A legal entity called Siculus Inc plans to build a data centre covering 1 million square foot (c 92,900m2) next door to Facebook's 2.5 million square feet (c 232,257m2) infrastructure campus in Altoona, Iowa.
The undertaking, codenamed Project Sequelant, has already been approved by the Altoona Planning and Zoning Commission.
Is the legal entity working on behalf of Facebook? Altoona city officials told the Des Moines Register they could neither confirm nor deny – even though Facebook has built data centres in the region through Siculus before, in 2013.
Oh, and there's also this 2017 document from the US Securities and Exchange Commission that clearly lists Siculus Inc as a subsidiary of Facebook, along with Greater Kudu LLC – another alias used by Facebook to secure data centre properties in New Mexico.
"We're very excited to see another approximately 1 million-square-foot data centre come to the community," waffled Altoona City administrator Jeff Mark, without naming any names. "It provides a lot of good jobs in the community, both from the contractors and the operations of the data centre."
Major American data centre operators often use shell companies to obscure their identities during negotiations with local authorities and businesses. For example, Google used Sharka LLC when it was planning a campus in Midlothian, Texas, and Jasmine Development LLC in Henderson, Nevada. Facebook previously contracted space as Raven Northbrook in Nebraska.
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One of the reasons for the smoke and mirrors is the fact that, as soon as locals find out that a big online business comes to town, they lose their shit. Residents start demanding actual benefits for their community, rather than empty platitudes about the transformative power of the digital economy and jobs for out-of-town engineers – something at least partially responsible for bringing down Amazon's HQ2 plans in New York.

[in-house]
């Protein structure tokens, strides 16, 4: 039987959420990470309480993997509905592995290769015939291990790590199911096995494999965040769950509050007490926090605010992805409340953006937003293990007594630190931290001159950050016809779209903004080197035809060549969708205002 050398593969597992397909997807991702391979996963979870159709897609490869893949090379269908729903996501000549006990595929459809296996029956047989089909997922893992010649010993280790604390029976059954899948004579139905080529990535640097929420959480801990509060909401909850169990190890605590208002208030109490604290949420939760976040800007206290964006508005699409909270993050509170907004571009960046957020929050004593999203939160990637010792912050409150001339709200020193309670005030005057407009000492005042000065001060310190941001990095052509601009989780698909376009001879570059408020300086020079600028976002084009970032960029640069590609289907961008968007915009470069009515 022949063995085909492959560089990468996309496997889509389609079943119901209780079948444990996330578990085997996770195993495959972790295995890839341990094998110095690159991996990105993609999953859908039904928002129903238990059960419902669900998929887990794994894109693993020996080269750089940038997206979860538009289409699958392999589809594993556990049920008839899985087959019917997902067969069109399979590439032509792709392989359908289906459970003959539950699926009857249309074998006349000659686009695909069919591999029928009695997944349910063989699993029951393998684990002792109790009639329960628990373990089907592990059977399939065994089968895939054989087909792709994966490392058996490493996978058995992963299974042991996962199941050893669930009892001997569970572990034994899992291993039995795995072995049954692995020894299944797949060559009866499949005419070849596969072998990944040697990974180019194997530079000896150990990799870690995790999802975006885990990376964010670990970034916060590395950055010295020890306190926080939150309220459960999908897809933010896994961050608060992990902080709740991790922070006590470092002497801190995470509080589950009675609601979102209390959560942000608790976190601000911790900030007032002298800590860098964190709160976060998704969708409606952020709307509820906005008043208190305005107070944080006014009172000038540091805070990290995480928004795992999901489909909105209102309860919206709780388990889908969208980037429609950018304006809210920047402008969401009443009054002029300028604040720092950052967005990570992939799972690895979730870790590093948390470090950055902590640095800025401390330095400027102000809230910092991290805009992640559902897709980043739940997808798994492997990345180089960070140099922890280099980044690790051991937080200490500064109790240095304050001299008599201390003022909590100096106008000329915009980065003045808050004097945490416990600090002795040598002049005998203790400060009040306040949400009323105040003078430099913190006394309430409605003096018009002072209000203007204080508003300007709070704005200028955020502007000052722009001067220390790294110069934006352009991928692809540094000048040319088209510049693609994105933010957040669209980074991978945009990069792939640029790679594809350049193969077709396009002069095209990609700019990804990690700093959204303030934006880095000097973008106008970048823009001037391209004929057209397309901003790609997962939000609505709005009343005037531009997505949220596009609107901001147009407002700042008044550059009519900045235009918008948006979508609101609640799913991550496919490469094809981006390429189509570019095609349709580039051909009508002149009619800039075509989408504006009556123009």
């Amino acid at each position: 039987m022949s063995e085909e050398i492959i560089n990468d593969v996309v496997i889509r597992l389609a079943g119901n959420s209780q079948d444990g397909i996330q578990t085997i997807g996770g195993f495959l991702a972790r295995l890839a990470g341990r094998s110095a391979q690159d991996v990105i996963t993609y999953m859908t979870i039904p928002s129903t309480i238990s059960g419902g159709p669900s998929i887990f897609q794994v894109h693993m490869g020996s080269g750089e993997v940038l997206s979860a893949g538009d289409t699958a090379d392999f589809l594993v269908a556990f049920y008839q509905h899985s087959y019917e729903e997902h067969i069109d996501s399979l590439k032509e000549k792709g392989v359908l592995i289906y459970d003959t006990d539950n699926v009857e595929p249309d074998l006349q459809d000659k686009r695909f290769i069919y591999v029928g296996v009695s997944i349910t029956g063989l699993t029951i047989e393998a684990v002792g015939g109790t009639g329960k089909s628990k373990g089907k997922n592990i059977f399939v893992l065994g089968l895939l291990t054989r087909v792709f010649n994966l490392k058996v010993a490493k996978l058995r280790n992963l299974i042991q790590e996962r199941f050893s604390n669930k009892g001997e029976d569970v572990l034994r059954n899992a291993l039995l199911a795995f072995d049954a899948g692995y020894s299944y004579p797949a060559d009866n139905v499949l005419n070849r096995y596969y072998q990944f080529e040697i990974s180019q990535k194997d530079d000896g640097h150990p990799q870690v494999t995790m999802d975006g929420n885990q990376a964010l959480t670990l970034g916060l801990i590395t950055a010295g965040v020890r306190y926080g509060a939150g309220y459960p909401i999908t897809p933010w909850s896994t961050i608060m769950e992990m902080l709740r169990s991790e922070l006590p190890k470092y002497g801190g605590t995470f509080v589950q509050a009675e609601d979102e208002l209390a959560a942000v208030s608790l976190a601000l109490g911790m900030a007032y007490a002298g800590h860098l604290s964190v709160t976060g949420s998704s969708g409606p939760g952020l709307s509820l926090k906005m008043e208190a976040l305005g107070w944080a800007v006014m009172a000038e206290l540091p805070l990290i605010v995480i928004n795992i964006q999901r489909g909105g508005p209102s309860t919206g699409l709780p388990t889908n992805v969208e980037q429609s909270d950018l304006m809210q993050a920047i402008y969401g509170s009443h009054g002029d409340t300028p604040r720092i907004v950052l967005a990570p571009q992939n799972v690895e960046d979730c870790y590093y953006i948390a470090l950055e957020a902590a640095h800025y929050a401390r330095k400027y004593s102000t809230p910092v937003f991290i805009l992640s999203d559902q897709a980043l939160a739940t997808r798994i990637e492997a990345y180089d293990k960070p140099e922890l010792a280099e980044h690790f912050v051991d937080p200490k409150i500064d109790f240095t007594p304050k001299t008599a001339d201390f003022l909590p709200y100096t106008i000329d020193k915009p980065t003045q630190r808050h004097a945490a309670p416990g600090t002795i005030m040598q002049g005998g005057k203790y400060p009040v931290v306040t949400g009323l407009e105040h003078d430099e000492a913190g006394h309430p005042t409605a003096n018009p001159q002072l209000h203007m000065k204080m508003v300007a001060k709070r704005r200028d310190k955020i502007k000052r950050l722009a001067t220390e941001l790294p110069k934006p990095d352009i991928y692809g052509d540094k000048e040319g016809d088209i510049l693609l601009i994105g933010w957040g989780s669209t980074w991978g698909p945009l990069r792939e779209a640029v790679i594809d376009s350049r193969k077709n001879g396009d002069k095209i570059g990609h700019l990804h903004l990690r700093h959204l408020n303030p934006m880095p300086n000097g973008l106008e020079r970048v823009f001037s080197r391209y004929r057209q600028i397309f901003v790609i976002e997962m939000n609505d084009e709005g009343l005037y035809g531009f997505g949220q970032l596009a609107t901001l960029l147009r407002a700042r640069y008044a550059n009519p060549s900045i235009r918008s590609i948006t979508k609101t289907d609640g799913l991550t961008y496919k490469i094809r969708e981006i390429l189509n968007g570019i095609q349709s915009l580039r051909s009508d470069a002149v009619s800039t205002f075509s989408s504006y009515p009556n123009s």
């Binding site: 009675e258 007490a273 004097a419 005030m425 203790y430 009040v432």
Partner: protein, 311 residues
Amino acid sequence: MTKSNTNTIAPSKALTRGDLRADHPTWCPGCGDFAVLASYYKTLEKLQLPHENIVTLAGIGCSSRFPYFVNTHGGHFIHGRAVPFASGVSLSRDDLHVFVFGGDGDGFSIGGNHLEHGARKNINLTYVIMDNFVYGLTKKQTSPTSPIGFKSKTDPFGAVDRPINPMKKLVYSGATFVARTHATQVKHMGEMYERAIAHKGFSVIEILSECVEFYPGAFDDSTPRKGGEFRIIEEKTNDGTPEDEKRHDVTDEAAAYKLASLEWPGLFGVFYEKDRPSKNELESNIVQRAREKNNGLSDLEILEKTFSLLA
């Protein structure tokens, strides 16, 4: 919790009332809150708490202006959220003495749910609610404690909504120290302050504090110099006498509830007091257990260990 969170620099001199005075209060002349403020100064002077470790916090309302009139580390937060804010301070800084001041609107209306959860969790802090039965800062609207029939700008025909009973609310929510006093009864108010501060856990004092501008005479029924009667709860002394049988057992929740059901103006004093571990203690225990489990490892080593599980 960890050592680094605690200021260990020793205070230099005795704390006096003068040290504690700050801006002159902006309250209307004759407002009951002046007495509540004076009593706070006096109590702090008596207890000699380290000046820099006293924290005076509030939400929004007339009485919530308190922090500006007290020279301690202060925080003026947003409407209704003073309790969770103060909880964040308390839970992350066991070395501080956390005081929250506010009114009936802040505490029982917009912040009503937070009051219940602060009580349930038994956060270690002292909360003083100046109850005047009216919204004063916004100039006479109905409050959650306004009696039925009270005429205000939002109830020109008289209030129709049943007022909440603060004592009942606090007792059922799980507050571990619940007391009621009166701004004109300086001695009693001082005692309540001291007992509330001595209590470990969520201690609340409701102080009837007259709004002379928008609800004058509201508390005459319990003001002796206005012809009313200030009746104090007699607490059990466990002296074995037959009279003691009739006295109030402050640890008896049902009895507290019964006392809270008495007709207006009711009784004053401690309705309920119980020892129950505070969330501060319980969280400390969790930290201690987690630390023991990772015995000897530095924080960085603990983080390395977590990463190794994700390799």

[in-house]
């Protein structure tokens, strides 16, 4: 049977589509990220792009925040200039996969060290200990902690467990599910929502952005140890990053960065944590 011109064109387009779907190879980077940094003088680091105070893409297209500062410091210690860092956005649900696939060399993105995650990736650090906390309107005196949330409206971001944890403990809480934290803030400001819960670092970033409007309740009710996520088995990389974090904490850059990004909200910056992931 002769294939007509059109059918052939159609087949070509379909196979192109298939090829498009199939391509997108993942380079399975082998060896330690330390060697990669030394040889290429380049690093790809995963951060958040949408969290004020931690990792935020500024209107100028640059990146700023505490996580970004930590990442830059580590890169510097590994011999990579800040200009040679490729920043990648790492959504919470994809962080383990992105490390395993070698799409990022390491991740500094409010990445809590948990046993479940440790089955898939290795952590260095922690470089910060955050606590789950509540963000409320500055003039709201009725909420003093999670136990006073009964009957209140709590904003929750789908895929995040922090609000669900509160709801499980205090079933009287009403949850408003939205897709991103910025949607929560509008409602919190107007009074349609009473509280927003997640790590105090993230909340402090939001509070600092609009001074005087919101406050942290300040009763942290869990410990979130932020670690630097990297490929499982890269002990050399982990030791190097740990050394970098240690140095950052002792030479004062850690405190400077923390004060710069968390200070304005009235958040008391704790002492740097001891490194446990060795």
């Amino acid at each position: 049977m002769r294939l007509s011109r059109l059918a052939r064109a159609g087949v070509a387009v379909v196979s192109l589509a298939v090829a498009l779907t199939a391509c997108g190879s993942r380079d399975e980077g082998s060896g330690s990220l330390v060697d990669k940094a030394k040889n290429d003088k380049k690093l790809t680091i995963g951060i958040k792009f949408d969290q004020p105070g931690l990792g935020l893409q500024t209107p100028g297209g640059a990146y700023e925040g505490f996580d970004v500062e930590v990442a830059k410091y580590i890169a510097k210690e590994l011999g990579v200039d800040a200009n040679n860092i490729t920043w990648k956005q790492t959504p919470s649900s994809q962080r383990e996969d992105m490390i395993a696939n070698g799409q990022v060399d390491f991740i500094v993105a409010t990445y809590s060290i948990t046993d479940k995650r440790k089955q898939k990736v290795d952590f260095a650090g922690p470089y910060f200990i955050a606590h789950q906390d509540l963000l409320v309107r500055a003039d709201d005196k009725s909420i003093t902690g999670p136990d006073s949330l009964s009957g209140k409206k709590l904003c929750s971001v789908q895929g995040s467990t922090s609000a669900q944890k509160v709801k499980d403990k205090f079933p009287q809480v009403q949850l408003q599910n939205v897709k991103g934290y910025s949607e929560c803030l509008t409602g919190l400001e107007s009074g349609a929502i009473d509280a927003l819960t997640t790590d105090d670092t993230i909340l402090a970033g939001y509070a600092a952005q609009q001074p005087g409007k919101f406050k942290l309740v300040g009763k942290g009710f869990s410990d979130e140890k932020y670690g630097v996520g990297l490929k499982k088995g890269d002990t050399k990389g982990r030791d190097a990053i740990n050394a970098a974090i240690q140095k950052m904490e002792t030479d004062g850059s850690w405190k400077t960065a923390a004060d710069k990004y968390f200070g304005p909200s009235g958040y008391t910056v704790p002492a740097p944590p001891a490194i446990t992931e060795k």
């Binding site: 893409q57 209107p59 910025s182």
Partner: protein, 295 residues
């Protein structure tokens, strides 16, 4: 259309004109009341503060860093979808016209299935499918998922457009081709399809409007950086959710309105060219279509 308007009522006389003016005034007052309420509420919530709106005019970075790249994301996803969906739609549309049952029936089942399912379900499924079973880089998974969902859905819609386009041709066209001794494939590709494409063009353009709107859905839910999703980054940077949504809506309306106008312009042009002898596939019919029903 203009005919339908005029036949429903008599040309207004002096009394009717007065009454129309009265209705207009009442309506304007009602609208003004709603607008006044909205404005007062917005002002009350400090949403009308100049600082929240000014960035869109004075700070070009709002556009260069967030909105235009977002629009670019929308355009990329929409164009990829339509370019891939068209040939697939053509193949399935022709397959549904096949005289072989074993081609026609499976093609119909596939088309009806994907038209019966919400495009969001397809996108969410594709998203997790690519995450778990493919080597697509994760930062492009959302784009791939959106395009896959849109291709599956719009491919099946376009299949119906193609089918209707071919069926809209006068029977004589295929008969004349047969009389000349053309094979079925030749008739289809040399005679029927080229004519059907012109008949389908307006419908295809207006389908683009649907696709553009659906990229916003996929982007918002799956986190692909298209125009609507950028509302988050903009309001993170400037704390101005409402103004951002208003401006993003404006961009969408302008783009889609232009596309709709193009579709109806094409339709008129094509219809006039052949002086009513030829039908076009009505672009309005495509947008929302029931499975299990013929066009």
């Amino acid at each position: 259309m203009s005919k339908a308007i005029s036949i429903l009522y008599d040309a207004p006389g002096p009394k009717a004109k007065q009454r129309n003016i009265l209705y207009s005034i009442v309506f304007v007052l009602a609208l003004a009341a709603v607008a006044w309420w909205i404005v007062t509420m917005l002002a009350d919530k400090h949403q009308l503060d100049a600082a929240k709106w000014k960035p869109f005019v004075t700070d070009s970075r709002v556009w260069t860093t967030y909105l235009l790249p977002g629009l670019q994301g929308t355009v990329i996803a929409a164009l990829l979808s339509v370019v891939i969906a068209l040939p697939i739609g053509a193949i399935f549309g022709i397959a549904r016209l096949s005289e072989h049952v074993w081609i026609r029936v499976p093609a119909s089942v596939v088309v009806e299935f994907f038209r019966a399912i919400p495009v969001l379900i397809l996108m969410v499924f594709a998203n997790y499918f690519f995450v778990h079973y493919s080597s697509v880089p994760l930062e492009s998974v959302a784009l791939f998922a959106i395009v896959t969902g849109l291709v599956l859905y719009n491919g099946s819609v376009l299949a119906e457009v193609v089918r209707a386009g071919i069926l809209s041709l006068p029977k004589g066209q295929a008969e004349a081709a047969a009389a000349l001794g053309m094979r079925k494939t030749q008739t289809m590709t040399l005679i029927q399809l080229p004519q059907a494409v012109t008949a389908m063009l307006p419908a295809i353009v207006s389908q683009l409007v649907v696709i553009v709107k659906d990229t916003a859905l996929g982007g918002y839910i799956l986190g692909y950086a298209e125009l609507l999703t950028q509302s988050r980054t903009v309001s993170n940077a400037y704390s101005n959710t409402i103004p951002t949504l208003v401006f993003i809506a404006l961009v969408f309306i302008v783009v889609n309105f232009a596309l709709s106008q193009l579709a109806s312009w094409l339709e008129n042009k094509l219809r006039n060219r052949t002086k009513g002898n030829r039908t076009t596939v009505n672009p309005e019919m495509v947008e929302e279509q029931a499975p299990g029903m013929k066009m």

The relative anonymity of shell companies enables hyperscalers to lean on local government to change laws. Facebook did this in Iowa with its demand for wind energy production tax credits, but most importantly it permits companies the size of Facebook to negotiate their generous tax breaks in peace.
Facebook started working through Siculus in 2013, when it was developing a $1bn data centre campus called Project Catapult, looking to choose between Iowa and Nebraska. The company pitted the state governments against each other to see which offered more in tax rebates.
Iowa won after palming Facebook approximately $18m in taxpayer development incentives. In return, the state got 30 full-time jobs. Today, after several major expansions, this number is closer to 300.
The same happened when Facebook operated through Greater Kudu on Project Discus in 2016. The biz approached both New Mexico and Utah and essentially thrust the two states into a bidding war over who could throw more money at one of the richest corporations in the world (number 77, to be exact).
Utah was planning to offer up to $240m, but vetoed the decision at the last moment, so Los Lunas in New Mexico won (if you call this winning) after agreeing to forgo any property taxes for the next 30 years, and throwing in tax breaks on the cost of computer equipment.
In 2016, US policy think tank Good Jobs First calculated that tax breaks and other incentives for hyperscale data centres meant that state and local governments ended up paying around $2m per every new job.
Meanwhile, Facebook's own study published in 2018 claimed that the company's data centres in the US, including those in Altoona, added $5.8bn to the country's GDP since 2010, and that for every data centre job, there were five jobs supported elsewhere in the economy. ®